Procol Harum

A Salty Dog - Polydor 1969

Tracks: 1. A Salty Dog / 2. The Milk Of Human Kindness / 3. Too Much Between Us / 4. The Devil Came From Kansas / 5. Boredom / 6. Juicy John Pink / 7. Wreck of the Hesperus / 8. All This and More / 9. Crucifiction Lane / 10. Pilgrim's Progress / 11. Long Gone Geek / 12. Goin' Down Slow (live in the USA, April 1969) / 13. Juicy John Pink (live in the USA, April 1969) / 14. Crucifiction Lane (live in the USA, April 1969) 15. Skip Softly (My Moonbeams) / Also Sprach Zarathustra (live in the USA, April 1969) / 16. The Milk of Human Kindness (take 1; raw track)

Comments:

A Salty Dog was the last Procol Harum album to feature the original 5-piece line-up. Compared to the previous two, which were very much dominated by Gary Booker's songs and vocals ( not a negative thing at all ), more space is given to guitarist Robin Trower and organist Matthew Fisher.

Robin Trower debuts as leadsinger on his own "Crucifiction Lane" and he wrote "Juicy John Pink" - both songs show the roots of Procol Harum as a tight r&b band. Trower also co-wrote the acoustic "Too Much Between Us" with Brooker - beautifully sung by Brooker, by the way.

Matthew Fisher produced the album, and arranged the orchestra for three of the songs - most note-worthy the title track, which is one of the greatest songs ever written and recorded. Compared to Brooker's Fisher's voice may appear somewhat thin, but he sings his two songs "Wreck of the Hesperus" and "Pilgrim's Progress" beautifully, and both songs fit in nicely on the album. "Pilgrim's Progress" bears big resemblance to the classic "A Whiter Shade of Pale". The charming "Boredom" with its Carribean rhythms is a Brooker/Fisher collaboration, adding to the great variety in styles which characterize the album.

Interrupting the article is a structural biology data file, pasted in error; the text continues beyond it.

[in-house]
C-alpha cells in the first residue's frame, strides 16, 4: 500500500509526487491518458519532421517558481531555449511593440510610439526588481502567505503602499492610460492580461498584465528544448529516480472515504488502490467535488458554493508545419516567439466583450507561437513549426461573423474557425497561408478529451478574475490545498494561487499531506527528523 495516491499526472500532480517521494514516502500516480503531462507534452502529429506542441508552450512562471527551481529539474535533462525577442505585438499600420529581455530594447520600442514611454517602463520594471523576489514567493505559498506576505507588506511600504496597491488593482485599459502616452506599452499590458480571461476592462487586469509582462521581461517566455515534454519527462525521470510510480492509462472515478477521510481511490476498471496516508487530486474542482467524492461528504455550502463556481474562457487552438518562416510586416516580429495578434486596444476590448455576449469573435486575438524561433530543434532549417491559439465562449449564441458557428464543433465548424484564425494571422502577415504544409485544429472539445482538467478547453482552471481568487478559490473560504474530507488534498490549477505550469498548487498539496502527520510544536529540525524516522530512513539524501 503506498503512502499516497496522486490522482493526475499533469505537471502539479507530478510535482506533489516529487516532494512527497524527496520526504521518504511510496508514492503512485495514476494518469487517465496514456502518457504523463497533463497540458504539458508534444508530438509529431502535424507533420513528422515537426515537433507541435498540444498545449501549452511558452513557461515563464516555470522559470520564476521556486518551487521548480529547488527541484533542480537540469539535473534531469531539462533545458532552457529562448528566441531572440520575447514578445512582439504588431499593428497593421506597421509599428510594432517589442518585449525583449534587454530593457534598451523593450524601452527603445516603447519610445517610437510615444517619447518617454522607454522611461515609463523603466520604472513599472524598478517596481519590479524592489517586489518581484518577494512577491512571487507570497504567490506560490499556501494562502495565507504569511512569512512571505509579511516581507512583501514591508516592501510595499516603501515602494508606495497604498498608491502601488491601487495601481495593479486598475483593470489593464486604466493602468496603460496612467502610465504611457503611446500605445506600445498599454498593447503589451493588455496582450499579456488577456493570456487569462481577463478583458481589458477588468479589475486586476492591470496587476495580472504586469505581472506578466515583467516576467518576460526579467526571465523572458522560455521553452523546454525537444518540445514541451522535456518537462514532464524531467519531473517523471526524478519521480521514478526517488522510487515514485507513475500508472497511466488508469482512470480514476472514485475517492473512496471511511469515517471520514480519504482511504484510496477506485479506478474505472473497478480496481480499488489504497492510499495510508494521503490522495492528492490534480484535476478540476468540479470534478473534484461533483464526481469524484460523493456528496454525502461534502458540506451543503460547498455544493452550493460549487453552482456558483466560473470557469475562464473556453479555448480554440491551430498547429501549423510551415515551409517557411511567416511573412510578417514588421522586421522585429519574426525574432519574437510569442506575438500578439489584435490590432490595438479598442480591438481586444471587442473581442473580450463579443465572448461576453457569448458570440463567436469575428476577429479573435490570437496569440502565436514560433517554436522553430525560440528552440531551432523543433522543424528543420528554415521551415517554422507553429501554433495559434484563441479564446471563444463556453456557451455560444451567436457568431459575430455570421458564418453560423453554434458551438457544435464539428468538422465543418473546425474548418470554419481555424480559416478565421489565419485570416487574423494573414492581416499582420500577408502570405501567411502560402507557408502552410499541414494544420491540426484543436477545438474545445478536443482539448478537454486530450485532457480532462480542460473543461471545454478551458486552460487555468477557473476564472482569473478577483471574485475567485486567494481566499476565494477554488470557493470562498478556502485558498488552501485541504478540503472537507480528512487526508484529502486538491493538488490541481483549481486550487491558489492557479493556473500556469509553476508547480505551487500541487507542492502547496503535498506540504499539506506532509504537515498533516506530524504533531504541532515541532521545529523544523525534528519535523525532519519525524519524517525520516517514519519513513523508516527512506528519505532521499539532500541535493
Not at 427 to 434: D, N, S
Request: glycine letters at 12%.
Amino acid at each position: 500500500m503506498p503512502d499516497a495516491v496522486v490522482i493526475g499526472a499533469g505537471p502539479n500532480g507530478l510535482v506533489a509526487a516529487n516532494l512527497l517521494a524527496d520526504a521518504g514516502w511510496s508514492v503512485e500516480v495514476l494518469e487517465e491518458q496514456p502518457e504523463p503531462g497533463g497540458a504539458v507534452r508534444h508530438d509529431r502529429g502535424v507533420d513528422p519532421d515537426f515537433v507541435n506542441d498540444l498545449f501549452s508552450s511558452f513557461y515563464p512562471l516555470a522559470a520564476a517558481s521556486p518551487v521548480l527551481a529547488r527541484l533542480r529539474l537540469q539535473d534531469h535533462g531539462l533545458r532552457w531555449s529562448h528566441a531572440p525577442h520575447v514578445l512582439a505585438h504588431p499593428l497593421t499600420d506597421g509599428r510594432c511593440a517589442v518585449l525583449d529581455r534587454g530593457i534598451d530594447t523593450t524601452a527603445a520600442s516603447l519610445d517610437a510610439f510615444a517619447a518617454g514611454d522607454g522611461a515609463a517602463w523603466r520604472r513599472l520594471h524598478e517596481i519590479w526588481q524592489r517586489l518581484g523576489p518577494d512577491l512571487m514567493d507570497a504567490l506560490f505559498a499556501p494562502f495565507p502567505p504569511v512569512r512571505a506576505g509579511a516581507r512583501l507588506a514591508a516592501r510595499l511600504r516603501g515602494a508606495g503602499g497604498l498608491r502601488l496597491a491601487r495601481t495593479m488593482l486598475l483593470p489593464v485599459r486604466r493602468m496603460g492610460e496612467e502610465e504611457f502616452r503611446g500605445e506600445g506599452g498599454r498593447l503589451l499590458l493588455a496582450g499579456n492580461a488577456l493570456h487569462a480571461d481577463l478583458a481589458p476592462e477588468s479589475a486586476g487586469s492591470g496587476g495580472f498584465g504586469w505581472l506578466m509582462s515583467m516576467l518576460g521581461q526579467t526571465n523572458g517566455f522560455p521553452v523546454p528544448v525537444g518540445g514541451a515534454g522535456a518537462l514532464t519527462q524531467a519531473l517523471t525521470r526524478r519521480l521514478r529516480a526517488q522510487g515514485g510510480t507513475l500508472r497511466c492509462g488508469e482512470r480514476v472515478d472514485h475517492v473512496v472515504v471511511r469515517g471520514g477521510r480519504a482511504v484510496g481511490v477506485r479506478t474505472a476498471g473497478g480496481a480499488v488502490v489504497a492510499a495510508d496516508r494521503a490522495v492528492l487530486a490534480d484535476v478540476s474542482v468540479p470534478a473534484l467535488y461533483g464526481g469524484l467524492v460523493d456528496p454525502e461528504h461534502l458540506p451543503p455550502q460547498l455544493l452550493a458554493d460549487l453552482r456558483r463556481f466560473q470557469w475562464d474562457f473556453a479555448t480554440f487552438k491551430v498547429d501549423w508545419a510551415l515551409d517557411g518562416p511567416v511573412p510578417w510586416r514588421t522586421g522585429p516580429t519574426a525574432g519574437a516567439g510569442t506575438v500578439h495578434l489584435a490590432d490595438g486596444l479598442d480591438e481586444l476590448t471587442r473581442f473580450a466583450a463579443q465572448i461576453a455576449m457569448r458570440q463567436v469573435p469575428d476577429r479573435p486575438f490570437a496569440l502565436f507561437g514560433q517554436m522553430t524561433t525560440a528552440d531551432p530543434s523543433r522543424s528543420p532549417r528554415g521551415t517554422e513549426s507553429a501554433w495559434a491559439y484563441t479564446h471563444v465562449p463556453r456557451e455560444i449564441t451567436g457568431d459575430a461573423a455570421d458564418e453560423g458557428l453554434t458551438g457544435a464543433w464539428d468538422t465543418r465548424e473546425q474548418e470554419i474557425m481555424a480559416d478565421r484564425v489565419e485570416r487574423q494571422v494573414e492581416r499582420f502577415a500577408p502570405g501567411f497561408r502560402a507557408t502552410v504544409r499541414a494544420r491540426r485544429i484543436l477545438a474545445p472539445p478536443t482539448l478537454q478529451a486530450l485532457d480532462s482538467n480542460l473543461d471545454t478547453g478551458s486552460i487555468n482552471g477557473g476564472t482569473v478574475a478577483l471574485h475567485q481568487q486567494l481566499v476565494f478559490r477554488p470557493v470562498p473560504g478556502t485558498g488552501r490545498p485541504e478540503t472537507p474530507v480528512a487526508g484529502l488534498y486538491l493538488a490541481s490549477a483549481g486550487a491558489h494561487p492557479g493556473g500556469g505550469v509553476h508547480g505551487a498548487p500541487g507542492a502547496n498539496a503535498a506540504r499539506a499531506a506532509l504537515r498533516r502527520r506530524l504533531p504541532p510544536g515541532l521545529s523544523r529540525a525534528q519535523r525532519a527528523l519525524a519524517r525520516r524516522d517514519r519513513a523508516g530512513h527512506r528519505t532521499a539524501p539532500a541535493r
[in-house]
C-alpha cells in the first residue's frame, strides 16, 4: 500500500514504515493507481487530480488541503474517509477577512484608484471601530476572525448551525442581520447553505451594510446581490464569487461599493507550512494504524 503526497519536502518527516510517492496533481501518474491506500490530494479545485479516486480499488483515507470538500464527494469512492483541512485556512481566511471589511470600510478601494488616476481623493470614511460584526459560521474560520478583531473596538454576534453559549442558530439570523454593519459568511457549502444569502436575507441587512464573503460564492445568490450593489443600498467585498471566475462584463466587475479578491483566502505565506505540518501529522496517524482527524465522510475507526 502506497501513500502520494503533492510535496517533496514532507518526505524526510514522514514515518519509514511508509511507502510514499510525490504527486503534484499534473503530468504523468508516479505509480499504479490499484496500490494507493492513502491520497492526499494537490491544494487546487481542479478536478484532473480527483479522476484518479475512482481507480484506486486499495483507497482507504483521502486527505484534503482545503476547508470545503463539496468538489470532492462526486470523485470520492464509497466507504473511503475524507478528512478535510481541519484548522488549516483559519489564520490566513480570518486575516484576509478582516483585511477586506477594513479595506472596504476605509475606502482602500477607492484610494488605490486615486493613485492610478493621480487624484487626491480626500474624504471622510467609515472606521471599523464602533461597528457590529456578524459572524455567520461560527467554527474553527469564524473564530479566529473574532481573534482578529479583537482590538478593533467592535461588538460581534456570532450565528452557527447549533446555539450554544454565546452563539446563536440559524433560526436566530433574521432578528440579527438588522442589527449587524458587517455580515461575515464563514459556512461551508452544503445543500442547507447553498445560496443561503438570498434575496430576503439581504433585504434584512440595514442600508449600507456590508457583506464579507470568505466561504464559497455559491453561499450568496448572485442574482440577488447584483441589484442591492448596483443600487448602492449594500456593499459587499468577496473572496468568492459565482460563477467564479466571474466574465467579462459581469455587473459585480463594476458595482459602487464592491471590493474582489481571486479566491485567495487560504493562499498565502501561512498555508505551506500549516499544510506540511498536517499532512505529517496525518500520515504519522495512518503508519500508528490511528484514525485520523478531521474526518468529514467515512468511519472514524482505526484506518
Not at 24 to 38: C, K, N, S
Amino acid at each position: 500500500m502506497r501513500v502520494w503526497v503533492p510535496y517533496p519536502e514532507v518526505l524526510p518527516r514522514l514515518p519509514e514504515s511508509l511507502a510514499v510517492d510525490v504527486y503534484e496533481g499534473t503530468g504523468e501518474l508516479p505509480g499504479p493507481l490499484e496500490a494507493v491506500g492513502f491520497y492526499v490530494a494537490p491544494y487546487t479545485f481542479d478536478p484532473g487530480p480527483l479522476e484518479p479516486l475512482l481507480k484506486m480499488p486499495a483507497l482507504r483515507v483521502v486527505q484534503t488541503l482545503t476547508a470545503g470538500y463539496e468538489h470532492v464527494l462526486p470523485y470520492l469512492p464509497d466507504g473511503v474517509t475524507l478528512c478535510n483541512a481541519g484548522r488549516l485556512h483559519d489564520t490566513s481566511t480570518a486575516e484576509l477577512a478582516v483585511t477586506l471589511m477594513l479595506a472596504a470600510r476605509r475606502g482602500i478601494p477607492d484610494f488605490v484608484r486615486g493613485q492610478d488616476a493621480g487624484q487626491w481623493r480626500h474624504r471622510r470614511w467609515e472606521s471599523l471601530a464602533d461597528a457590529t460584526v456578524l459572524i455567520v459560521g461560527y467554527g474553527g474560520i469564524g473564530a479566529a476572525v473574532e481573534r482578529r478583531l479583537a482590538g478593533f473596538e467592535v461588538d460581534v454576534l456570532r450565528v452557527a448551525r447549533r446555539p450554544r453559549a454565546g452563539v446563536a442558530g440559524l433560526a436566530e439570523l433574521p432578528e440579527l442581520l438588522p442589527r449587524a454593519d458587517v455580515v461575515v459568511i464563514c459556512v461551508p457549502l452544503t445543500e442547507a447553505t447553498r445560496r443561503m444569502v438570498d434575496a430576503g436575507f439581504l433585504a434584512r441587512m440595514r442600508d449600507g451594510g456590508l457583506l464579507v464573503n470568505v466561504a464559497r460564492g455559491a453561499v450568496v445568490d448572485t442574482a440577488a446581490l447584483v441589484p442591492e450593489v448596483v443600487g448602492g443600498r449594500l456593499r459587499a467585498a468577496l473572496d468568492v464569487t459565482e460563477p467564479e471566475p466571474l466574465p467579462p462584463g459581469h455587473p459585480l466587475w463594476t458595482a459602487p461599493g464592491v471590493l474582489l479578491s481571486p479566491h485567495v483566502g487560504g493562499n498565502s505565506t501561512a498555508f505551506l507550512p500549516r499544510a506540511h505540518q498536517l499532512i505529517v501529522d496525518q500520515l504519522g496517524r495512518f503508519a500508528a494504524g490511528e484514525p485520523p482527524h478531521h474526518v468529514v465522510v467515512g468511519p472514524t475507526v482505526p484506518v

Apart from the unique "A Salty Dog", the album features another Brooker classic "All This and More" - classic Procol Harum sound. Inspiration from the Band's recently released "Music From Big Pink", shines through on "The Milk of Human Kindness". The Band was a big inspiration for Procol Harum. "The Devil Came From Kansas" is one of the few tracks I often consider skipping over - too heavy and noisy; seems somewhat out of place on the album. Much better is the B-side "Long Gone Geek"; another heavy thing, which sounds inspired by The Small Faces or Humble Pie.

Among the bonus-track there are 4 rare live-tracks from a 1969 April tour in the States. Great to hear the original band live - again their r&b roots shine through.

With this album you could say that the band scored a natural hat trick; having their debut and "Shine on Brightly" in mind.


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